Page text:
Nevertheless, while political scientists, pundits, and historians allow that losses have on occasion galvanized a party or pushed it in a helpful direction, most view the "losing is winning" trope as at best a self-validating lens and at worst thinly veiled defeatism. Those who advance it, Siegel charges, "are just people who are trying to say, `I'm clever enough to see around the curve."'Applying the lessons of history to the current election is also, according to Columbia University history professor Eric Foner, exactly the sort of speculation most historians make a practice of avoiding: "Sometimes governing parties do benefit from a little time in the opposition," says Foner. "On the other hand, it can lead them to tear themselves apart, which the Democrats have done on occasion. I'm just not sure which analogy one should choose.
"The choice, it seems, often depends on one's own political predilections. As Michael Barone, the principal author of "The Almanac of American Politics" and a columnist at U.S. News & World Report, points out, how you interpret the wages of defeat "depends on where you think history is going."
For their part, Kenneth Baer and Ruy Teixeira, centrist Democrats both, see the defeats of the 1980s paving the way for Bill Clinton and his more centrist Democratic Party. A traditional conservative like Scott McConnell divines conservatism rising refreshed from the ashes of a Bush defeat.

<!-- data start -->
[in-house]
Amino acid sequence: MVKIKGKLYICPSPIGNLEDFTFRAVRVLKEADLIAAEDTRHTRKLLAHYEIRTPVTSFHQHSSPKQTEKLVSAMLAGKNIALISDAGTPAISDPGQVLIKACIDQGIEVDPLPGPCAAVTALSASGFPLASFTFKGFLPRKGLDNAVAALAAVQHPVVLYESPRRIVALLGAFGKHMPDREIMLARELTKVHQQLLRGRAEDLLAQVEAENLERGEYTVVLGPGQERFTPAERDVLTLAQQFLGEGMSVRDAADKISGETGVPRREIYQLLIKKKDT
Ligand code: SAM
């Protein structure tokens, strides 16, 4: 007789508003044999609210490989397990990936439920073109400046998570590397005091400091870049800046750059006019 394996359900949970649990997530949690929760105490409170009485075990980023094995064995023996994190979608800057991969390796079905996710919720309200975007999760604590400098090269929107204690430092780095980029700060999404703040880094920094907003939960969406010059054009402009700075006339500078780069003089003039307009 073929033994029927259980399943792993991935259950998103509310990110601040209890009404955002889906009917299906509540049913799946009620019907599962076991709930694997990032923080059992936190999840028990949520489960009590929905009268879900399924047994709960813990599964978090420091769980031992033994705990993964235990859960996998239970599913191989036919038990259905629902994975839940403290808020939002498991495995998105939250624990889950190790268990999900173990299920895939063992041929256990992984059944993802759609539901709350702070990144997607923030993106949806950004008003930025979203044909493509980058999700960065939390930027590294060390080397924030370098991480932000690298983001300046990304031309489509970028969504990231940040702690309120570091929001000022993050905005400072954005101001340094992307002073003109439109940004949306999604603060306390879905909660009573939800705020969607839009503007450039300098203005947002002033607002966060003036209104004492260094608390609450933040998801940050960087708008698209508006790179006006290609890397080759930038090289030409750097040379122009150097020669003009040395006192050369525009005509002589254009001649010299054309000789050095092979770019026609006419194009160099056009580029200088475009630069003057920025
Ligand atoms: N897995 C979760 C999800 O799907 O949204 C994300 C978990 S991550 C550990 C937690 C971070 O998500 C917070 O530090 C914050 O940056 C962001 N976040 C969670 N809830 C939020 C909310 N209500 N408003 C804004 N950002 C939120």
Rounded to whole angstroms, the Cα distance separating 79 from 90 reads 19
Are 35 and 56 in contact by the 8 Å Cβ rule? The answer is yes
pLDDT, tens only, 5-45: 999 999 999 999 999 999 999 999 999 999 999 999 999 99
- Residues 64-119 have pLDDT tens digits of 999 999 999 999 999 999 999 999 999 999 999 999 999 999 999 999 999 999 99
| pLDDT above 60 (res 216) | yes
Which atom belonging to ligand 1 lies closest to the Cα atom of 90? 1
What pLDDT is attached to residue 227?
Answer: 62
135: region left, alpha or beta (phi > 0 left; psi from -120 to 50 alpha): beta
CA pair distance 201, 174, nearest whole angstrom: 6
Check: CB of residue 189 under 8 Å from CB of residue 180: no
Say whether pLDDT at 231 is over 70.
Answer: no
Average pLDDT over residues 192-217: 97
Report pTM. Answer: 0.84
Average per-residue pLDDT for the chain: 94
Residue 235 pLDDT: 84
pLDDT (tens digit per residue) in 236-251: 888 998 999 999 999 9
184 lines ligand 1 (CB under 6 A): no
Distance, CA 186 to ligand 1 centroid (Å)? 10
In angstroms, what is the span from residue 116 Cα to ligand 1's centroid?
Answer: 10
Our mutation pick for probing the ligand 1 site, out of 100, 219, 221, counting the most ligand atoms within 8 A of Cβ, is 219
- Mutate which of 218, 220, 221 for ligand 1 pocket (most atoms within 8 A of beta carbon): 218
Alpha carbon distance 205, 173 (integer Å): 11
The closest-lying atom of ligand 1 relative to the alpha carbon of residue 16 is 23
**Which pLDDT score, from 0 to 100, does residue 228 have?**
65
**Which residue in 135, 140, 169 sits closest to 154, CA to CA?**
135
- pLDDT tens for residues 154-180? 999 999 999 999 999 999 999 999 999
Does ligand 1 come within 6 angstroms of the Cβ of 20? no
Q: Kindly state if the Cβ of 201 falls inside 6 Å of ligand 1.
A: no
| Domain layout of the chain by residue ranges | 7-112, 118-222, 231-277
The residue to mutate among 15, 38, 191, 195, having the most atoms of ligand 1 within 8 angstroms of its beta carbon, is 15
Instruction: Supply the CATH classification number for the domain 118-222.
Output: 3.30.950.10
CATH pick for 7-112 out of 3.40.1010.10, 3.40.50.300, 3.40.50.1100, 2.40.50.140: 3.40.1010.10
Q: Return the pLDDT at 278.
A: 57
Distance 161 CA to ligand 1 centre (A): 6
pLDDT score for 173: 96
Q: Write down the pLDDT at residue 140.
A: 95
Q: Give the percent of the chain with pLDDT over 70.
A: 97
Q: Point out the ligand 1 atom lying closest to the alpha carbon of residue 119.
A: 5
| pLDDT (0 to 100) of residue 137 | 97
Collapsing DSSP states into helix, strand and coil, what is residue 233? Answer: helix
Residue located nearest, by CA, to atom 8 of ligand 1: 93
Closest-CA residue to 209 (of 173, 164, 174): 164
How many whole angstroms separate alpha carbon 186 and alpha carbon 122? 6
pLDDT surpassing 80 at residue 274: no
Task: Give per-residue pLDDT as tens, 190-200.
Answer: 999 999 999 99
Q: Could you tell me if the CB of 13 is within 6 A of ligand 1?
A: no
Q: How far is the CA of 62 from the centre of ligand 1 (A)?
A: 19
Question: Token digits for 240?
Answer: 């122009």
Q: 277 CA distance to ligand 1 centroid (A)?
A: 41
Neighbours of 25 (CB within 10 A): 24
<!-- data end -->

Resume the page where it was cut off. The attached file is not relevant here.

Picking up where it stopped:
Rick Perlstein -- who, currently at work on a book on George McGovern, seems to be making a specialty of presidential losers -- is decidedly leery of constructing what he calls an overly "hydraulic" model of electoral losses. "It presumes that politics somehow is the plaything of the forces of history," he says. "The socialists in Weimar Germany in the `30s had this attitude, that the worse the better, that `After Hitler we take over.'
When you assume that the worm turns, you write yourself out of history."In the end, it's hard to get around the fact that winners get to set the agenda. They can also consolidate their gains -- redrawing electoral districts, changing the rules of congressional procedure, doling out favors to contested constituencies -- in ways that go a long way toward neutralizing the innovation and focus of the losers.
"Presidents remake the country after they are elected, not before," emphasizes Princeton's Wilentz. "It's not the elections that do it, it's the administrations that do it." Franklin Roosevelt and Andrew Jackson may have owed their electoral victories in part to prior defeats, but they owed their lasting legacy to what they did after they won. Elections are about ideas and interests and organization and circumstance. But they are also about power, and in general, it seems, it's better to have it than not.
Drake Bennett is the staff writer for Ideas.